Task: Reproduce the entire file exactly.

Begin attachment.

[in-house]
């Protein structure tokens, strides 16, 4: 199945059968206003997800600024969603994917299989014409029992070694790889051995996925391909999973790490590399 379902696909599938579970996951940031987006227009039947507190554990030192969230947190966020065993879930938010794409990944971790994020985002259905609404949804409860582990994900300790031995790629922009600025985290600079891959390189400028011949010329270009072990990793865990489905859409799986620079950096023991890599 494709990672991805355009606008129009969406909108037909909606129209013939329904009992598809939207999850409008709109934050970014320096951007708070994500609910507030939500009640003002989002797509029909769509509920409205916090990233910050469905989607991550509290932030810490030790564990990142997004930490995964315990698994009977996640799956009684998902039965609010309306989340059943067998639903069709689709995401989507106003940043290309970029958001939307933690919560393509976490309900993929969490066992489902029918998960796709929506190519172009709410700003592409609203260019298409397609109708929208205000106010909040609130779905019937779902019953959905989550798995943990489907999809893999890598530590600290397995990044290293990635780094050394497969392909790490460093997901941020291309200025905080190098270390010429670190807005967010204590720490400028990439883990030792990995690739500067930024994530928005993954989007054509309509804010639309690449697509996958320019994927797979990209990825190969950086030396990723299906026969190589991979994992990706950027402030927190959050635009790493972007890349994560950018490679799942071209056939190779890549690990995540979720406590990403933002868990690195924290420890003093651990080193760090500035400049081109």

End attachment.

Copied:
[in-house]
């Protein structure tokens, strides 16, 4: 199945059968206003997800600024969603994917299989014409029992070694790889051995996925391909999973790490590399 379902696909599938579970996951940031987006227009039947507190554990030192969230947190966020065993879930938010794409990944971790994020985002259905609404949804409860582990994900300790031995790629922009600025985290600079891959390189400028011949010329270009072990990793865990489905859409799986620079950096023991890599 494709990672991805355009606008129009969406909108037909909606129209013939329904009992598809939207999850409008709109934050970014320096951007708070994500609910507030939500009640003002989002797509029909769509509920409205916090990233910050469905989607991550509290932030810490030790564990990142997004930490995964315990698994009977996640799956009684998902039965609010309306989340059943067998639903069709689709995401989507106003940043290309970029958001939307933690919560393509976490309900993929969490066992489902029918998960796709929506190519172009709410700003592409609203260019298409397609109708929208205000106010909040609130779905019937779902019953959905989550798995943990489907999809893999890598530590600290397995990044290293990635780094050394497969392909790490460093997901941020291309200025905080190098270390010429670190807005967010204590720490400028990439883990030792990995690739500067930024994530928005993954989007054509309509804010639309690449697509996958320019994927797979990209990825190969950086030396990723299906026969190589991979994992990706950027402030927190959050635009790493972007890349994560950018490679799942071209056939190779890549690990995540979720406590990403933002868990690195924290420890003093651990080193760090500035400049081109």